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M [Johnson] of the Railway Mail Service, Office of the Superintendent of the Twelfth Division to University of Mississippi Chancellor Powers.

Mail: Miscellaneous


December 4, 1923

Mr. J.M. Powers
University, Mississippi.

My dear Sir:

This office is in receipt of complaint of clerk in train 5,
Fulton & Grenada R.P.O (Ill. Cent. R.R.), October 14, 1923,
showing the receipt of 253 uncanceled letters handled in by the
public at Oxford, Miss., depot.

The matter was investigated and it was found that the bulk
of this mail matter originates with the students at University,
Miss., and is left at the University Cafe for mailing on the
RPO cars by some one connected with the cafe. It is stated that
there is a sign displayed in the cafe inviting the students to
leave their letters at the cafe for mailing on trains. The post-
master at University, Miss. advises that he requested the proprietors
of the University cafe to remove the sign but was refused.

By mailing such large quantities of letters in the postal cars
it is very probable that many of the letters are being delayed due
to improper dispatch; furthermore, the receipt of such a vast amount
of letters to cancel and distribute will at times very likely put upon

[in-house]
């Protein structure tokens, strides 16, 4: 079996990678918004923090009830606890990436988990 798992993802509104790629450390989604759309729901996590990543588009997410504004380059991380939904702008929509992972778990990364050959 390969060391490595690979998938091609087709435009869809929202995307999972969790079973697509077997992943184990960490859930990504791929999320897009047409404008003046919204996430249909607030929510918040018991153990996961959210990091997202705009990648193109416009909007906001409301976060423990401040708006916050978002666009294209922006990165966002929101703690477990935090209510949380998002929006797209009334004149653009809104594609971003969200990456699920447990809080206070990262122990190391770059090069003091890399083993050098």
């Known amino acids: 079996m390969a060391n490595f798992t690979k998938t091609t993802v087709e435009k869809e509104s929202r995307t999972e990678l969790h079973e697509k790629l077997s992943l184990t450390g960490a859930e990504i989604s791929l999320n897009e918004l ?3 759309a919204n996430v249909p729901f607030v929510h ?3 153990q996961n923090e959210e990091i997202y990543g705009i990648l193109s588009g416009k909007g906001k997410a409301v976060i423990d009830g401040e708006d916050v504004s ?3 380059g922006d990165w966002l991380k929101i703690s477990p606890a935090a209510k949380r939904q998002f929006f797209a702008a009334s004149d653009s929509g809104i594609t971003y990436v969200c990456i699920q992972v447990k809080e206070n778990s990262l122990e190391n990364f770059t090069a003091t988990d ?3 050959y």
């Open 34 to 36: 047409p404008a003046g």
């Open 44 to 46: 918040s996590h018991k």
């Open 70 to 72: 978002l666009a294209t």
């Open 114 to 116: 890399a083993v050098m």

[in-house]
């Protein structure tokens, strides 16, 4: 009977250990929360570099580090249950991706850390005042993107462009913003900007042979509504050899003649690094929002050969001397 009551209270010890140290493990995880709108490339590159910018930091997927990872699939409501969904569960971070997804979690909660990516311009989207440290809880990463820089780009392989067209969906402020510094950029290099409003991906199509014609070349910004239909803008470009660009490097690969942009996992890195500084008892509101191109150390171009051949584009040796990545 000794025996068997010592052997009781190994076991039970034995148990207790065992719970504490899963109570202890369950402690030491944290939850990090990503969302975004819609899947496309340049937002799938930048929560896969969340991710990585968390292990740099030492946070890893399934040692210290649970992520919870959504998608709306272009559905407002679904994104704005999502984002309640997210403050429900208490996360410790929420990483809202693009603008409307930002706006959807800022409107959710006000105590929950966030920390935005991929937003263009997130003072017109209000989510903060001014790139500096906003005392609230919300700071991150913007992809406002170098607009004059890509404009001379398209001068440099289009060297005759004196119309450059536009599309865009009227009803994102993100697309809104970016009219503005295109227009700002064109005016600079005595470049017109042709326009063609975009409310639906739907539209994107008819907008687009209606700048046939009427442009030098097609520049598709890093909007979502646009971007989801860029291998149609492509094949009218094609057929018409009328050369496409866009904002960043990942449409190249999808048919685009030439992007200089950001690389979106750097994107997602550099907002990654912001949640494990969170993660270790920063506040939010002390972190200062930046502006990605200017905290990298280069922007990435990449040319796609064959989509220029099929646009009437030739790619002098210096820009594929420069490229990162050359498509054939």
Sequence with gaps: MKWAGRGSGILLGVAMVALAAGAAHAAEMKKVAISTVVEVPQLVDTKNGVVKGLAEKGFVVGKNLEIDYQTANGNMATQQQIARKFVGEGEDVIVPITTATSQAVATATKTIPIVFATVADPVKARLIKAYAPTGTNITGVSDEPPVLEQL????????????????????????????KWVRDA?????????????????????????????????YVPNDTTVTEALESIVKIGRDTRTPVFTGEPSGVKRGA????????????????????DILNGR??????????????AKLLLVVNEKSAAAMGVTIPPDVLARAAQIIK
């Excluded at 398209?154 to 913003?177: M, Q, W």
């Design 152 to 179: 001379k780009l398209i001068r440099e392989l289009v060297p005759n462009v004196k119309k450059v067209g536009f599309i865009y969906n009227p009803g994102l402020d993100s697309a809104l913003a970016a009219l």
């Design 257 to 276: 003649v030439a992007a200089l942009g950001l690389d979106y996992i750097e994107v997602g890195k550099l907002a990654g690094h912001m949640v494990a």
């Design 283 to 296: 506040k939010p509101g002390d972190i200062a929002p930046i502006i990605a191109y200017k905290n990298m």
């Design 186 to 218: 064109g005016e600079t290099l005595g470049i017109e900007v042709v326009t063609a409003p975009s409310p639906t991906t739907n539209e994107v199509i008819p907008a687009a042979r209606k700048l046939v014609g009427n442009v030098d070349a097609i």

the postal clerk more work than he can do and consequently cause him to
carry some of the letters past destinations. The mailing of letters
in the postal cars is a privilege granted for the convenience of traveler
and for the few late letters which can not be deposited in the post
office in time for proper distribution and dispatch.

In view of the circumstances it is suggested that you kindly re-
quest the Postmaster to keep his office at University, Miss., open until
such hour as will accommodate the reasonable requirements of the students
at University, and that he request the restaurant owner to remove the
sign and discontinue encouraging the students to leave their mail with
him instead of depositing it in the post office.

Will you kindly advise action taken for correction, using the
inclosed envelope which requires no postage when used for that purpose.

Respectfully yours,
J.M. Johnson

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